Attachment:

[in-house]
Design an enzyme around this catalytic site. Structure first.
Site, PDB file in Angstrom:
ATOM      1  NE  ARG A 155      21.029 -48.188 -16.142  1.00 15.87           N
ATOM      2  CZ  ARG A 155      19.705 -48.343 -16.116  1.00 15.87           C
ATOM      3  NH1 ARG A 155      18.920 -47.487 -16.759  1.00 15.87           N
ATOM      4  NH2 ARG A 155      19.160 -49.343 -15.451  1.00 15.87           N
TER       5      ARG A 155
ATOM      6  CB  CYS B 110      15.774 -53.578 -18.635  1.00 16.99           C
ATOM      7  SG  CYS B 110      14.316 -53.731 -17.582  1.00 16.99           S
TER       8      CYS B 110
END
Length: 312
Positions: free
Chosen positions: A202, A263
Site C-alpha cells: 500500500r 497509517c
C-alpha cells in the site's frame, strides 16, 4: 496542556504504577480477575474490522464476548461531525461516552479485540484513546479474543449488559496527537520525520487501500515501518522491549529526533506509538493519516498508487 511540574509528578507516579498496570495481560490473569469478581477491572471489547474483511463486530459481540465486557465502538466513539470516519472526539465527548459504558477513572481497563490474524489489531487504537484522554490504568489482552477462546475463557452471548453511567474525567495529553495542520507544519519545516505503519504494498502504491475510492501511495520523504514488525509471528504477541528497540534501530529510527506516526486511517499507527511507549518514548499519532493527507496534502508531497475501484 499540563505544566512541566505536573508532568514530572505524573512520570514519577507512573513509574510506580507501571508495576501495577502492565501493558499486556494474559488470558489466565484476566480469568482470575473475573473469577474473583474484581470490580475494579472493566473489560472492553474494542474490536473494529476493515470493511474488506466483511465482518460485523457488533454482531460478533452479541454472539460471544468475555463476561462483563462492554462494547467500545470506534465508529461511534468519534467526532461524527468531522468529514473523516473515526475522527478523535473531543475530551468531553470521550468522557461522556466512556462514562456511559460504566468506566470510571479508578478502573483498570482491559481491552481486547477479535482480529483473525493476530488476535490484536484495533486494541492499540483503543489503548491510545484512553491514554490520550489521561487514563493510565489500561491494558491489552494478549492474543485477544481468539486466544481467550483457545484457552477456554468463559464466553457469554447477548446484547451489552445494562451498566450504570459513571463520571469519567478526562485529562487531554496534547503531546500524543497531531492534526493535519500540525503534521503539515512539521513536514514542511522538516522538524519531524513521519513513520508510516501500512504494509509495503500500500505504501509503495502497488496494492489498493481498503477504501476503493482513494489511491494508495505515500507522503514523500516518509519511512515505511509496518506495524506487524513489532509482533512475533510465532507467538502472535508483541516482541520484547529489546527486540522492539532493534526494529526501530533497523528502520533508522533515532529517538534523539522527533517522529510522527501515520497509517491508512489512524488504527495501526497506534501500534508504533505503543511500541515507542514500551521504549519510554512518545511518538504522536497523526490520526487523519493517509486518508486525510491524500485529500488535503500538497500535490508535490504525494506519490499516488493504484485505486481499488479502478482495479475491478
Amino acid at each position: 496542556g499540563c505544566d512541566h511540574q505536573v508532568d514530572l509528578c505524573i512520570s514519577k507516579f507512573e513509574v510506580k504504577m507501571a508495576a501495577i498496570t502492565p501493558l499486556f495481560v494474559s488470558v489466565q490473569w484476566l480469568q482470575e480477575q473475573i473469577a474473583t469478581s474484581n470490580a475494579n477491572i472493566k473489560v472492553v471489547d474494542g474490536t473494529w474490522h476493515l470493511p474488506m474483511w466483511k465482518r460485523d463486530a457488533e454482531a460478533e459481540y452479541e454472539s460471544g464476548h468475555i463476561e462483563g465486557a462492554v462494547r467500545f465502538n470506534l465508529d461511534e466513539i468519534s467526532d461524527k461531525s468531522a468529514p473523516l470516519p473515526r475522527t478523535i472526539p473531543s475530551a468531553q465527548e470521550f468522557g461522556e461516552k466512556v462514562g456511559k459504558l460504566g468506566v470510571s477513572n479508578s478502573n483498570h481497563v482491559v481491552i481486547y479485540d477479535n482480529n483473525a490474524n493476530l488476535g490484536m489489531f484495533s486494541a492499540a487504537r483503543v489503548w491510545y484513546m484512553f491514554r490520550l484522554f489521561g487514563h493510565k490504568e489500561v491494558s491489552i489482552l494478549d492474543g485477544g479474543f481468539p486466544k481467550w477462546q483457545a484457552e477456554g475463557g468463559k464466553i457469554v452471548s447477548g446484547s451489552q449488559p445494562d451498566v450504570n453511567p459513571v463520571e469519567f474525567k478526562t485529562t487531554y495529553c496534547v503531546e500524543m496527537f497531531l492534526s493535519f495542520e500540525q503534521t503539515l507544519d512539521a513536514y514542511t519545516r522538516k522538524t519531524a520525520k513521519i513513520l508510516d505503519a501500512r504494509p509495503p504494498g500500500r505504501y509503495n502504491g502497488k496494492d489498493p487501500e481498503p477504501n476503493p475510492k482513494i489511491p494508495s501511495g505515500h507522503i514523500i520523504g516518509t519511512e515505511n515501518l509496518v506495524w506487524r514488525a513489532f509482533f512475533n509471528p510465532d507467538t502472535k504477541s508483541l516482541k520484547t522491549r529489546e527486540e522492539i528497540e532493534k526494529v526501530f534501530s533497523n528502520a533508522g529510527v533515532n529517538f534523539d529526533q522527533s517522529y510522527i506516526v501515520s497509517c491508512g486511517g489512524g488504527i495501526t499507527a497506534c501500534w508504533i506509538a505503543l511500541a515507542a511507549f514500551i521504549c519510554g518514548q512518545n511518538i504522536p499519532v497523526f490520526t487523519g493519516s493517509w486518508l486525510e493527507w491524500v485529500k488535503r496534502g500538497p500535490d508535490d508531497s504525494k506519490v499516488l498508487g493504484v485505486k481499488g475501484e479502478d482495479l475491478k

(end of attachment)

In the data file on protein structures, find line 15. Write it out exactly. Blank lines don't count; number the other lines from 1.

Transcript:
Chosen positions: A202, A263